In the spring of 1962, a series of alarming headlines greeted American newspaper readers. From "New York Living for Nuts Only" and "One in Five Here Mentally Fit" to "Scratch a New Yorker, and What Do You Find?" and "City Gets Mental Test, Results are Real Crazy," the stories highlighted the shocking and, to some, incredible statistics that fewer than one in five (18.5%) Manhattanites had good mental health. Approximately a quarter of them had such bad mental health that they were effectively incapacitated, often unable to work or function socially. The headlines were gleaned from Mental Health in the Metropolis (1962), the first major output of the Midtown Manhattan Study, a large-scale, interdisciplinary project that surveyed the mental health of 1660 white Upper East Side residents between the ages of 20 and 59. One of the most significant social psychiatry projects to emerge following the Second World War, the Midtown Manhattan Study endeavored to "test the general hypothesis that biosocial and sociocultural factors leave imprints on mental health which are discernible when viewed from the panoramic perspective provided by a large population." Despite initial media and academic interest, however, the Midtown Manhattan Study's findings were soon forgotten, as American psychiatry turned its focus to individual – rather than population – psychopathology, and turned to the brain – rather than the environment – for explanations. Relying on archival sources, contemporary medical and social scientific literature, and oral history interviews, this article explains why the Midtown Manhattan Study failed to become more influential, concluding that its emphasis on the role of social isolation and poverty in mental illness should be taken more seriously today.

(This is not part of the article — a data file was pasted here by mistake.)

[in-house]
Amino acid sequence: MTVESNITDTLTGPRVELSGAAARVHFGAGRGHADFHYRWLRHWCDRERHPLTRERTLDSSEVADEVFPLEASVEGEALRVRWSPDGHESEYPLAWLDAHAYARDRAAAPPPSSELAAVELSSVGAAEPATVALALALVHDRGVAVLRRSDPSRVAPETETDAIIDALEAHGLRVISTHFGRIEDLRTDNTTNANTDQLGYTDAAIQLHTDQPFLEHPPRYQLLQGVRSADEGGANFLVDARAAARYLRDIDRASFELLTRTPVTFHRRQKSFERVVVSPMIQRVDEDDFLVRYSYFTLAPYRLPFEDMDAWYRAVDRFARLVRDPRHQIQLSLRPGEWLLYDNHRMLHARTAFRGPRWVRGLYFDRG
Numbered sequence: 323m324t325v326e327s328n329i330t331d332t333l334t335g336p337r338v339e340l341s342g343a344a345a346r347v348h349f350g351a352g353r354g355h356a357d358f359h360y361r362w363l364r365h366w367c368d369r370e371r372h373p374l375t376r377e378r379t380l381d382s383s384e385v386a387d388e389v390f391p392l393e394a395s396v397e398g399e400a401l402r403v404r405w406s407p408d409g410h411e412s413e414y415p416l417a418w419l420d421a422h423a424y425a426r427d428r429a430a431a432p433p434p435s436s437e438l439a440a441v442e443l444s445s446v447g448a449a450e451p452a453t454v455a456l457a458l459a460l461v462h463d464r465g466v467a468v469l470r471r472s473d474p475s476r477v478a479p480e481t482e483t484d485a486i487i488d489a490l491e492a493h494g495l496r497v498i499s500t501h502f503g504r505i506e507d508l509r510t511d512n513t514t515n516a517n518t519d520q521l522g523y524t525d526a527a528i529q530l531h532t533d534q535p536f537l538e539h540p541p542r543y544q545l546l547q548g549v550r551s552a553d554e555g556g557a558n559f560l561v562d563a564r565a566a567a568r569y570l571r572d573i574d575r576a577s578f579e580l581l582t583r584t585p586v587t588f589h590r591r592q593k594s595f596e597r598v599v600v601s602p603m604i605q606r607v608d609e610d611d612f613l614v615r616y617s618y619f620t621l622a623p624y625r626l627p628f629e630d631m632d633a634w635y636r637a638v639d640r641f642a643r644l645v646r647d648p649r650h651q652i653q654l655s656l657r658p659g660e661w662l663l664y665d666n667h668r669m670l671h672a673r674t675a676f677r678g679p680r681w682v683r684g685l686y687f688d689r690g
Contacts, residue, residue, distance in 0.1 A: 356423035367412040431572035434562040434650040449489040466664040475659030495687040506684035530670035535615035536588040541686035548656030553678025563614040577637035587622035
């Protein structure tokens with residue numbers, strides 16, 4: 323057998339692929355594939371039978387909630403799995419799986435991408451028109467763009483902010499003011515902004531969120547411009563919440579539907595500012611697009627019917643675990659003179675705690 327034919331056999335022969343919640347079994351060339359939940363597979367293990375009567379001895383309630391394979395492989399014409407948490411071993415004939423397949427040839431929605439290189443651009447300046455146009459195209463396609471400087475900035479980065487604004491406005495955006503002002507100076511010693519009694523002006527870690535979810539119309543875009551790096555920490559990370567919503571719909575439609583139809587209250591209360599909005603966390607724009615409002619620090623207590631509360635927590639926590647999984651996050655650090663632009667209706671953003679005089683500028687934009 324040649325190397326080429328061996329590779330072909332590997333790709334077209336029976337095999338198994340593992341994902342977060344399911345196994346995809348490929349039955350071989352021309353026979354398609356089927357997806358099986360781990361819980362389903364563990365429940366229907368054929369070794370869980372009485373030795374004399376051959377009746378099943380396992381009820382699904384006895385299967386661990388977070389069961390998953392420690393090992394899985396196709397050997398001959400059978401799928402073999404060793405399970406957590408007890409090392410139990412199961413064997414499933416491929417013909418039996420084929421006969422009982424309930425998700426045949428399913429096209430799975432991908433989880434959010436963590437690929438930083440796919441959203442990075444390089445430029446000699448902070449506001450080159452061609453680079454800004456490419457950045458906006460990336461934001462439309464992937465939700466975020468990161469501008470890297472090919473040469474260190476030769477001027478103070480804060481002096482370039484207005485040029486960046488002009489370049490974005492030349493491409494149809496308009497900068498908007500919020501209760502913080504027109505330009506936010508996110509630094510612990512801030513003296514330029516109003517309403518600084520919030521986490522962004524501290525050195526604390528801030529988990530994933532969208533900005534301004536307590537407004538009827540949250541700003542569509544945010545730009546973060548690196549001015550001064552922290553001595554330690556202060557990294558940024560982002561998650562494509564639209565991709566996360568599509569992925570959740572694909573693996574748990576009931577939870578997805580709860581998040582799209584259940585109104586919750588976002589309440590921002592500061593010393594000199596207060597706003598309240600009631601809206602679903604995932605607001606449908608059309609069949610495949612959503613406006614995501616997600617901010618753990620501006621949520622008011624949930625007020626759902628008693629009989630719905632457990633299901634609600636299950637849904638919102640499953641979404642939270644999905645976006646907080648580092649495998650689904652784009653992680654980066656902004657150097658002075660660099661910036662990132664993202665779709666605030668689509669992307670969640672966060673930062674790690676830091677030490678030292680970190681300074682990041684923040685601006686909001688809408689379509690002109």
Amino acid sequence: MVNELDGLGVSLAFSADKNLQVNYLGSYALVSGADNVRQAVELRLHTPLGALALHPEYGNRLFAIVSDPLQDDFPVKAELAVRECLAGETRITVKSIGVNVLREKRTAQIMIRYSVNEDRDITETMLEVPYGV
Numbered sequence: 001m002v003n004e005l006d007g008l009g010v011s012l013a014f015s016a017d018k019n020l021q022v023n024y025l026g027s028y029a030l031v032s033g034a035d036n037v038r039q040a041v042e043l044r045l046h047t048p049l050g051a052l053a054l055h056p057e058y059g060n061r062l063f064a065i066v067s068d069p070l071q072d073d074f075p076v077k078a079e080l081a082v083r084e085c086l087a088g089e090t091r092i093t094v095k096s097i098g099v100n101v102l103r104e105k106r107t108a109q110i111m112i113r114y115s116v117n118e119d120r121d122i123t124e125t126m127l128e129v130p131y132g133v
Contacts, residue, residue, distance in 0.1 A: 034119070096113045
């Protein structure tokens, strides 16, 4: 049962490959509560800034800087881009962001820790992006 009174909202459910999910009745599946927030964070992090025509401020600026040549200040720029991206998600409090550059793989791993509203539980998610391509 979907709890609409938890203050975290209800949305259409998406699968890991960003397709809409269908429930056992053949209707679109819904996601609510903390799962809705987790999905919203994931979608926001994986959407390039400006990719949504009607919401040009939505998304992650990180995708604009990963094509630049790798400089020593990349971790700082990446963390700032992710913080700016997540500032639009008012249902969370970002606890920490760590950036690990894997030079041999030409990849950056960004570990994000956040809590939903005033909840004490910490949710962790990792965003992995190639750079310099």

|Number of pages||20|
|Journal||Culture, Medicine, and Psychiatry|
|Early online date||7 Sept 2021|
|Publication status||Published - 30 Sept 2021|
- Midtown Manhattan Study
- New York
- mental health